I just want it on the record that there are issues off reserve, and this is why this statement is important.
(Amendment negatived [See Minutes of Proceedings])
(Clause 7 agreed to on division)
(On clause 8)
View Kevin Waugh Profile
CPC (SK)
Thank you, Madam Chair, and thank you, Minister and departmental officials.
Minister, one of the primary tasks of this bill, as you talked about, is to reverse changes made by the former Conservative government with the Northwest Territories Devolution Act back in 2014. As you mentioned, this included consolidating the four land and water boards in the Mackenzie Valley into one. The Liberal Party at that time supported it, including the current Prime Minister, and even your parliamentary secretary, MP Jones, who is with us here this morning.
I'm going to quote what she said at the time:
As Liberals, we want to see the Northwest Territories have the kind of independence it has sought. We want it to have the ability to make decisions regarding the environment, resource development, business management, growth, and opportunity, which arise within their own lands.
That is from 2014.
These comments actually stand in direct contradiction to Bill C-88, which extends powers to the cabinet to put moratoriums on energy development and to include the national interest, which, to be honest with you, has never really been clearly defined.
I will note that the Prime Minister of the day, when he did the moratorium, wasn't even in this country. He was in Washington, D.C., at the time he talked about the moratorium up north, and the elected northern officials at the time had less than half an hour to scramble to come up with the decision of the day.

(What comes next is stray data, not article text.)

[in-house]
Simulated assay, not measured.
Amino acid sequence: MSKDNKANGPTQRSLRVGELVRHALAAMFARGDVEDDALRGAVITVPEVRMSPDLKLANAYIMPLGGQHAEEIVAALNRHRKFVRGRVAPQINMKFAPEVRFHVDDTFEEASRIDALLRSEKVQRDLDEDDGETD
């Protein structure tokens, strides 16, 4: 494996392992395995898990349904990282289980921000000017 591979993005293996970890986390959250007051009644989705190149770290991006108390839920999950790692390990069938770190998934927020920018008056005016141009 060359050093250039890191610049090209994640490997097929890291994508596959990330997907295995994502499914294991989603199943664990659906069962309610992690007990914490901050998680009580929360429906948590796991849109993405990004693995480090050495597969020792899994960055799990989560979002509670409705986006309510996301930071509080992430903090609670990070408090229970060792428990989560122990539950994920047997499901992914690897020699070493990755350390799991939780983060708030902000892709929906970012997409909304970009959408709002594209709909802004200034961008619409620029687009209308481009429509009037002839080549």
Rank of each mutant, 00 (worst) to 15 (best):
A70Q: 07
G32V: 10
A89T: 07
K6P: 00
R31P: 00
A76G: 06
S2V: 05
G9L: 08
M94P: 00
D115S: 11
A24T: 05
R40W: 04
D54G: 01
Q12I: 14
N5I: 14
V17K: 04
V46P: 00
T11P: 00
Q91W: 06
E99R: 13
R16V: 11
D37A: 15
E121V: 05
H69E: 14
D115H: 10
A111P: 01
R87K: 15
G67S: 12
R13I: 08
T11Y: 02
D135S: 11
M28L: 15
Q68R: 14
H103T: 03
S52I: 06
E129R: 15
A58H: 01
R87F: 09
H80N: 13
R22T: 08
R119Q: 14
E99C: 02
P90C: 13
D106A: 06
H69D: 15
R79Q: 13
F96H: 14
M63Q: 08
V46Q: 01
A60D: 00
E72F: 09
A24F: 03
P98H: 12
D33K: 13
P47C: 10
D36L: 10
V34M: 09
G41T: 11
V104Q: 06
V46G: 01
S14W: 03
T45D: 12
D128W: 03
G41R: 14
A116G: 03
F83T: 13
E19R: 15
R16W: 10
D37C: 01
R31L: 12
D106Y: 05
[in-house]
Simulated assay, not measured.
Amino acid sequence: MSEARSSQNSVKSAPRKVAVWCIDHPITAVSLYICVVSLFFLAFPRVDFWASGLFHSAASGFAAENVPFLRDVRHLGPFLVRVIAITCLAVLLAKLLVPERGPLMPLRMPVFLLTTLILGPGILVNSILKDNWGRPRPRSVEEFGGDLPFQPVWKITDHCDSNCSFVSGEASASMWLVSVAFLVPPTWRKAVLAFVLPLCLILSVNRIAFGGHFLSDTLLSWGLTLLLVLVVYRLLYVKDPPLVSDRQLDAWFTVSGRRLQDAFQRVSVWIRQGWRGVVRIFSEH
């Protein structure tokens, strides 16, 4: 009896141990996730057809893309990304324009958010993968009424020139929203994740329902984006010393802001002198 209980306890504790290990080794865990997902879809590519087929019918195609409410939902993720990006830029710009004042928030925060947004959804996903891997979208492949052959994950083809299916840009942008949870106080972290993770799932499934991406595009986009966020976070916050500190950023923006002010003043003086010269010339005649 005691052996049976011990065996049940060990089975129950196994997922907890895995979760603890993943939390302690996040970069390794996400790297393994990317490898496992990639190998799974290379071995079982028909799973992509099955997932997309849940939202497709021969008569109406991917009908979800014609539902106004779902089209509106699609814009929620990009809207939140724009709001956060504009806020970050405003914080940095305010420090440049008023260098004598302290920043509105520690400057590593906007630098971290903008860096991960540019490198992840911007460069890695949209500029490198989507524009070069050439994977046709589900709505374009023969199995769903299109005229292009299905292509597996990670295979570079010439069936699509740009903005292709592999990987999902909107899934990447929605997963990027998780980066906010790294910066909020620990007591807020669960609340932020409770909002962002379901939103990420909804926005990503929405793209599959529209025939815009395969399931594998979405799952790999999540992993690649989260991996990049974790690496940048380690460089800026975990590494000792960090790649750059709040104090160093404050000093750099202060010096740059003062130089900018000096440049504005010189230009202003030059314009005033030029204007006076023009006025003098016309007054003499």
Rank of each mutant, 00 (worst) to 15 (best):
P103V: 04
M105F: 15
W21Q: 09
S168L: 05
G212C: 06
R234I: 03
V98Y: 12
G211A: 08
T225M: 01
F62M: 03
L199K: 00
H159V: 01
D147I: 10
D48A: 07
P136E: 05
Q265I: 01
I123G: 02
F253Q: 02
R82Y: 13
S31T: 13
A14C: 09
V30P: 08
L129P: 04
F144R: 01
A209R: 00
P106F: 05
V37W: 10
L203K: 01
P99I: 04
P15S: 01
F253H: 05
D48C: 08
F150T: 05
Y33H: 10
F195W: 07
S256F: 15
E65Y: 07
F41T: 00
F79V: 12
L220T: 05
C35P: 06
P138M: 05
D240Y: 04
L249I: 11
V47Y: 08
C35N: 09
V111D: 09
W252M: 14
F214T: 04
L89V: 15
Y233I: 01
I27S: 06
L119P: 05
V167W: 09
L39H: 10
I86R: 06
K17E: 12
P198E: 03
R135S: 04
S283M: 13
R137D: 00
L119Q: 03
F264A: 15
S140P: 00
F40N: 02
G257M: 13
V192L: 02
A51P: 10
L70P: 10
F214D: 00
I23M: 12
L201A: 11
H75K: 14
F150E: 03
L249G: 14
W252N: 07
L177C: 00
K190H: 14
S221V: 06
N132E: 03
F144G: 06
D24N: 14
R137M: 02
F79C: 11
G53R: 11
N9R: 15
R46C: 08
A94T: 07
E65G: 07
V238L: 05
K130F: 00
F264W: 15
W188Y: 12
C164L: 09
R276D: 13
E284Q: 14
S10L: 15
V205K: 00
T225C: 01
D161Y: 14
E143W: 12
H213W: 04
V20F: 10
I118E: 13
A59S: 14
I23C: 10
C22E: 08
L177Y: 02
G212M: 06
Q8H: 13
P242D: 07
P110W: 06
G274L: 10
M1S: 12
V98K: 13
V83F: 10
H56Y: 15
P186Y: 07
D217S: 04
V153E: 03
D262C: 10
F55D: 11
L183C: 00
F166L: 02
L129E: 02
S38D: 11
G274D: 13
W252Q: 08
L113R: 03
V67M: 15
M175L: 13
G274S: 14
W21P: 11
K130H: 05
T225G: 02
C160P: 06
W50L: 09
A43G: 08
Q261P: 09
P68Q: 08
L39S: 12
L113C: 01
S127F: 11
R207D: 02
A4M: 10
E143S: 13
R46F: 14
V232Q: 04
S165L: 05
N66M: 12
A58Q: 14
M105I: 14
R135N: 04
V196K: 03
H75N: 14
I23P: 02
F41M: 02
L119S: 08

I'm also going to talk, if you don't mind, about last night in the Senate, because it has major ramifications for northern Canada and moratoriums on northern development, allowing the north to make its own environmental and economic decisions. We have seen repeated paternalism coming from this government when it comes to energy development, not only in relation to northerners but as we saw last night first nations as well.
We saw it with Bill C-48 in the Senate last night: the B.C. oil tanker ban. As you know, Calvin Helin is the CEO of Eagle Spirit Energy Holdings, which is an indigenous-led group. He has been deeply critical of these types of moratoriums being directed by your government in Ottawa. He said, in response to these bans, “Is this what reconciliation is supposed to represent in Canada?”
That statement last night by Calvin speaks volumes, and we saw it last night in the Senate as they voted against Bill C-48. We'll see what happens when it comes back to the House.
We talk of an “Ottawa-down” approach. Can we let the north make the environmental and economic decisions instead of “Ottawa knows best”?